Title

What is the state made of? Coca, roads, and the materiality of stateformation in the frontier

Location

Colombia

Date of Publication

2021 12:00 AM

Security Theme

Critical Infrastructure

Keywords

state-building, infrastructure, post conflict, rebel governance, Colombia, FARC, roads

Description

The Peace Accords signed between the Colombian government and Armed Revolutionary Forces ofColombia argues that one of the central causes of the armed conflict has been the historic state absenceor abandonment of the peripheral territories most affected by its violence. It proposes expanding thestate to these regions, and posits that certain material conditions – such as the construction of infrastruc-ture – would have a pacifying effect and promote better governance, while others – like the presence ofillicit crops – would undermine these goals. These presumptions fail to recognize the multiple and var-iegated experiences of state formation that have unfolded in the territories. We argue that in theseregions, there has been no gradual and linear progression from state absence to state presence, norhas the presence of the state been historically equated with peace. We analyze the process of state-building in the frontier municipality of Cartagena de Chairá between 1978 and 2016, by observing therelations activated and enabled by two material conditions: coca and roads. Combining ethnographicfieldwork, historical revision, interviews and cartography, we show the complex ways through whichcoca and roads 1) generate the conditions for the emergence of social and political orders 2) are the med-ium through which they are formed 3) are the product and instantiation of shifts in these orders and pro-cesses. This brief material history records the relationship between actors who participate in the complexand non-linear process of state-building in frontiers marked by the armed conflict. Ultimately, we stressthat material conditionsdoimpact state-formation, but the peacebuilding efforts must not understandthis as a mechanical relationship and must rather inquire about the nature of the articulation and powerstructures realized through these material conditions, as well as the kind of state they build. In doing so,these materialities can contribute towards constructing a just and enduring peace.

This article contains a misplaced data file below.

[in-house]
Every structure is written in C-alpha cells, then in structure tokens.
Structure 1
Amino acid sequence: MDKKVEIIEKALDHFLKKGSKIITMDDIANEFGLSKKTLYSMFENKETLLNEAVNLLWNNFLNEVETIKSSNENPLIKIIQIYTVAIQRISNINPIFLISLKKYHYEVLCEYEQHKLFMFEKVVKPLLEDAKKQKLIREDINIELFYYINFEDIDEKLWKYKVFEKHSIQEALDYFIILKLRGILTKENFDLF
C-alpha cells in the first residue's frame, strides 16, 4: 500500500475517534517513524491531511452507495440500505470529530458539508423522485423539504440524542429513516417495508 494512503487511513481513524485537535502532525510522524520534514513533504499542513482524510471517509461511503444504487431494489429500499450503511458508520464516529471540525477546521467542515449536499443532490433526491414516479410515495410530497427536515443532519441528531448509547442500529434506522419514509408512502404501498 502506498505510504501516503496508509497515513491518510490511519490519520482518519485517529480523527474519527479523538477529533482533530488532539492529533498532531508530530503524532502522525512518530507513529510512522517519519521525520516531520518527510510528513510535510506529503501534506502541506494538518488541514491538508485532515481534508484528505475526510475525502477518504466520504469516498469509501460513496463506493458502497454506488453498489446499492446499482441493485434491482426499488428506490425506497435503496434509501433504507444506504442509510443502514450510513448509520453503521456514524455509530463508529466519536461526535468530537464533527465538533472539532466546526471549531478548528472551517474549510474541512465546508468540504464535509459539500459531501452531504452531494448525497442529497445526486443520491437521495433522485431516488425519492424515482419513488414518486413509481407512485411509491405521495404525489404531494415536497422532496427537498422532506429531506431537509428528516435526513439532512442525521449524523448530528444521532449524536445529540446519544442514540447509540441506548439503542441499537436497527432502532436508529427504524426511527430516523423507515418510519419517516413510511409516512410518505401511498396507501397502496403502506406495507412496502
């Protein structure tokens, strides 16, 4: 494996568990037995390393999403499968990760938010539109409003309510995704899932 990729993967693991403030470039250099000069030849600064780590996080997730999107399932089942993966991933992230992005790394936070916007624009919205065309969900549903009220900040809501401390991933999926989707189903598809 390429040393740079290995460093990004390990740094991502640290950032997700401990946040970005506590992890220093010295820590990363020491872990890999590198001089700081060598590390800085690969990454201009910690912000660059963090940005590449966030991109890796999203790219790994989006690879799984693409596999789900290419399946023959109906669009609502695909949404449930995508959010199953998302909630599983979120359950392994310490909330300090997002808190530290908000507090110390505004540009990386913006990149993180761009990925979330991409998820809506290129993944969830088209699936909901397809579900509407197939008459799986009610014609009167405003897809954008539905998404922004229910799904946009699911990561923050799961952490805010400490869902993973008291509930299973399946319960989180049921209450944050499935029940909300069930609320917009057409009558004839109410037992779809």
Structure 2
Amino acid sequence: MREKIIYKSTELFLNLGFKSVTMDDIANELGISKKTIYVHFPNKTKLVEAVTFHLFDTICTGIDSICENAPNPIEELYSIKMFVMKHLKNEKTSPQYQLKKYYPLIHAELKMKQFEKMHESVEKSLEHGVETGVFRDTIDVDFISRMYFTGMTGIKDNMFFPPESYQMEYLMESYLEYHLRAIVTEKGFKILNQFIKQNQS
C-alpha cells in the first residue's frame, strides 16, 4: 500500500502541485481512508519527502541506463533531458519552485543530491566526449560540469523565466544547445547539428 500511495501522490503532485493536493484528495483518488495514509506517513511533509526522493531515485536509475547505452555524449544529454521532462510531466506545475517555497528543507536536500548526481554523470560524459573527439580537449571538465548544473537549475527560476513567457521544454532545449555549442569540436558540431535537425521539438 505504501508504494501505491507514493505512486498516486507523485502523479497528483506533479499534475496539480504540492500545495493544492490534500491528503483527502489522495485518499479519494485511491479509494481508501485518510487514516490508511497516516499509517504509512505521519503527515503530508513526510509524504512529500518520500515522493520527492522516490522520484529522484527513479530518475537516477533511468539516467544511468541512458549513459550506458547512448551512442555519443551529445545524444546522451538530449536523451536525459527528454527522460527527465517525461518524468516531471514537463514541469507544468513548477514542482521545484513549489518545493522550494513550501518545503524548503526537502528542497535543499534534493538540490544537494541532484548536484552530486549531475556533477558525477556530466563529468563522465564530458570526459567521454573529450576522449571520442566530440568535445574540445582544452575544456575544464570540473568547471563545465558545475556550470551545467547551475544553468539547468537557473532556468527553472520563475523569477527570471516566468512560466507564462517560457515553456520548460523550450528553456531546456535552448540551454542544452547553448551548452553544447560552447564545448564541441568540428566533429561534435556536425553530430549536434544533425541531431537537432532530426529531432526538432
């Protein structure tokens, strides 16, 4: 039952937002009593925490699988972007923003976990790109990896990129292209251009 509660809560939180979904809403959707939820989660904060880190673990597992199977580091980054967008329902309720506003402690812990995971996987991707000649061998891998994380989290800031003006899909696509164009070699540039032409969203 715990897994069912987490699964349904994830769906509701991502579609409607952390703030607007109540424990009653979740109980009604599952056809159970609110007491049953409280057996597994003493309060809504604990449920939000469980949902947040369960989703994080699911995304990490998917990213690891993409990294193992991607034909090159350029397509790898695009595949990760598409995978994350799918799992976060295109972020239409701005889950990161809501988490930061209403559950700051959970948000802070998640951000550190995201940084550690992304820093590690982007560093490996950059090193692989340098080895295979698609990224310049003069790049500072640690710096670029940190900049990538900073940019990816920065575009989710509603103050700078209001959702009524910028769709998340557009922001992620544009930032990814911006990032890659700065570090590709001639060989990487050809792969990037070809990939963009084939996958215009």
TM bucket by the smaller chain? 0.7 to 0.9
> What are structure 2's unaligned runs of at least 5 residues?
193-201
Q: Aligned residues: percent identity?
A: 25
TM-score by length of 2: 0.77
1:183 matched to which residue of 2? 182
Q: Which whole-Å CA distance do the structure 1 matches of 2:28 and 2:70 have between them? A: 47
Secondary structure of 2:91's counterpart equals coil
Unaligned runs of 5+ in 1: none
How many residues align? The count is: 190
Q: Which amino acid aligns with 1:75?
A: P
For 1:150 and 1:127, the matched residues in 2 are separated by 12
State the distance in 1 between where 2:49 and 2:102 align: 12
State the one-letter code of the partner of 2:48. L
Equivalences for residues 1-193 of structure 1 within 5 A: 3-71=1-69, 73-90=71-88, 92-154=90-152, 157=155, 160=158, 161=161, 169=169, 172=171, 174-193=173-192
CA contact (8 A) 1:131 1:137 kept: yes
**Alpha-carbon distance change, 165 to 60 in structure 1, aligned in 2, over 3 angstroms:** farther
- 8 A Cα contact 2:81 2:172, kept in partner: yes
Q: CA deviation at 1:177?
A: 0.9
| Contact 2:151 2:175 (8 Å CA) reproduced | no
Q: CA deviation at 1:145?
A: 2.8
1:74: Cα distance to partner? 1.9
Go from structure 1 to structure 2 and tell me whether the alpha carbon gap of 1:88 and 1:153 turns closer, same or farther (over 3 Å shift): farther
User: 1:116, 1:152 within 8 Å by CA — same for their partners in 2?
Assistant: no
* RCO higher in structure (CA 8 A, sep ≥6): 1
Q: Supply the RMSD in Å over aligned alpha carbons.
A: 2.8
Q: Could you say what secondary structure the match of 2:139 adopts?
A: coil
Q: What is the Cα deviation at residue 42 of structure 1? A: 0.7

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Jan 1st, 12:00 AM

What is the state made of? Coca, roads, and the materiality of stateformation in the frontier

Colombia

The Peace Accords signed between the Colombian government and Armed Revolutionary Forces ofColombia argues that one of the central causes of the armed conflict has been the historic state absenceor abandonment of the peripheral territories most affected by its violence. It proposes expanding thestate to these regions, and posits that certain material conditions – such as the construction of infrastruc-ture – would have a pacifying effect and promote better governance, while others – like the presence ofillicit crops – would undermine these goals. These presumptions fail to recognize the multiple and var-iegated experiences of state formation that have unfolded in the territories. We argue that in theseregions, there has been no gradual and linear progression from state absence to state presence, norhas the presence of the state been historically equated with peace. We analyze the process of state-building in the frontier municipality of Cartagena de Chairá between 1978 and 2016, by observing therelations activated and enabled by two material conditions: coca and roads. Combining ethnographicfieldwork, historical revision, interviews and cartography, we show the complex ways through whichcoca and roads 1) generate the conditions for the emergence of social and political orders 2) are the med-ium through which they are formed 3) are the product and instantiation of shifts in these orders and pro-cesses. This brief material history records the relationship between actors who participate in the complexand non-linear process of state-building in frontiers marked by the armed conflict. Ultimately, we stressthat material conditionsdoimpact state-formation, but the peacebuilding efforts must not understandthis as a mechanical relationship and must rather inquire about the nature of the articulation and powerstructures realized through these material conditions, as well as the kind of state they build. In doing so,these materialities can contribute towards constructing a just and enduring peace.